March 31, 2009

A Placemat Tutorial....

This is a quick project you can whip up for yourself or a friend. I used some fat quarters I had lying around but you could also piece together the top of your placemat with scraps if you wanted to. The possibilities are quite endless but the best part is that they are super easy. So beginners and novices get your rotary cutters and sewing machines ready to go.

First thing you need to do is cut out your fabric and batting. It is pretty easy to do because all you need is 1-14 x 18 inch piece of batting and 2-14 x 18 inch pieces of fabric for each placemat you want to make.

Then you are going to sew around the entire perimeter of the placemat (with a 1/2 inch seam allowance) leaving a few inches on one of the long sides open for turning. Remember to leave your needle down when you have reached a corner before lifting up your foot on the machine. This will ensure that you get a nice clean corner.

Next you have to cut the corners off so that when you turn it inside out there isn't a whole lot of bulk.

Then I like to trim away the batting that is left in the seam allowance. This also helps to keep the bulk to a minimum. As you can see in the picture I did leave the part where the opening is alone. This is because I have found it easier to close the hole later on.

Now it is time to turn your placemat inside out through the hole.

It will end up looking like this.

Pin the opening closed.

Sew all around the placemat 1/8 of an inch from the edge. Take pins out as you sew shut the opening.

Here you can see the corner of my placemat with the 1/8 inch border sewn in.

Next comes the quilting! You can quilt how every you desire. I wanted to stipple mine (meaning just an overall random quilting). You will need a darning foot. Mine has a metal loop though I know they also come with plastic see through loops. Remember to lower your feed dogs as well so that you are the one moving the placemat around underneath the needle.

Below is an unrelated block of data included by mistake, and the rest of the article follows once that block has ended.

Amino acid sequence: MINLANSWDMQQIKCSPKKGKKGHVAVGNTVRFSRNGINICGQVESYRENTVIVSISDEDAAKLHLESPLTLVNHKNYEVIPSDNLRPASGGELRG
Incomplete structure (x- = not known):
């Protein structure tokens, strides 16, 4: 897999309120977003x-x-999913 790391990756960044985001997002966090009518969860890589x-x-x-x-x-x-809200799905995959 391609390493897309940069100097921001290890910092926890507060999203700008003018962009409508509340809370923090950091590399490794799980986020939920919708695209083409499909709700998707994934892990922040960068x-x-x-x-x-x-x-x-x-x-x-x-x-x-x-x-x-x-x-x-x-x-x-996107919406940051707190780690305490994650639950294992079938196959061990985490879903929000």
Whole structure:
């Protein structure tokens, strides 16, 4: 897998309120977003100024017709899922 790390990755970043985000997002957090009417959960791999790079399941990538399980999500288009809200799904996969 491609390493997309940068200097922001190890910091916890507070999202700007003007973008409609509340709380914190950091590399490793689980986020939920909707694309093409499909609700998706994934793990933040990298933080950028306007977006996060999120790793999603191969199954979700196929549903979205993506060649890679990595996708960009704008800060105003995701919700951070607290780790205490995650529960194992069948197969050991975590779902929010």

* An alternative way to quilt your placemat could be to leave a walking foot on your machine and sew in a rectangular spiral. It gives a different look but also can have a pretty effect.

Here is a glimps of a corner all quilted up.

Here are all 4 placemants that I created for this set. Easy peasy!! Hope you like creating your own placemats. Please let me know if I can make anything more clear for you.

Purple Charm Quilt Tree....

Hi everyone!! I got word of this cute idea and wanted to see who wanted to participate with me.  I need to send out 4 letters to friends.  Here is how it works.  You send out a few purple charm squares of fabric to a few people and receive a LOT in return to put into a quilt.  It's really quite easy.  If you could like to participate please let me know by leaving a comment and leave me your e-mail so that I can contact you.  

I know my charms look bluish for some reason but they are totally purple :)

Take care mucho!

March 29, 2009

it's been a while...

So I realized that I haven't posted in a while, but I have been a little busy with some projects.  I am actually working on getting some tutorials up to help with all the sharing that goes on in this blogy world.  These pictures are a sneak peak of what is to hopefully come :)

Take care mucho!
- Natalie 

March 18, 2009

Baby things.....

Every once in a while my sister will "put in an order" for stuff for friends who are having babies.  These are a few things I made for her to pick from.

a few bibs

and a ruffled edge receiving blanket.
Hopefully her friends will like them.

Take Care Mucho,

March 17, 2009

Bee inspired....

I have been meaning to focus on these blocks that I had to make for the quilting bee group I joined, Bee Inspired.  I had to make some test blocks which I am so happy that I did since I had to tweek sizes  tiny bit.  

These are my practice blocks in black & white.  My goal is to make everyone's block in b&w first for practice and put them all together to a cool b&w quilt in the end.  We'll see how I progress with that one.  At least I have the first 2 done :)

this one is for Dianah... a cute batik vacation home.

This one is for Rachel... our pinwheel gal.

I hope the girls like their blocks.  I am dropping them off at the post office tomorrow to get to their final destination.  

Take care mucho,

March 10, 2009

Catch up day....

It has been a while since I have posted.  I just haven't had the time to take pictures and sit at my computer to post.  I wasn't going to allow myself to go to bed until I posted.  

so on to the post...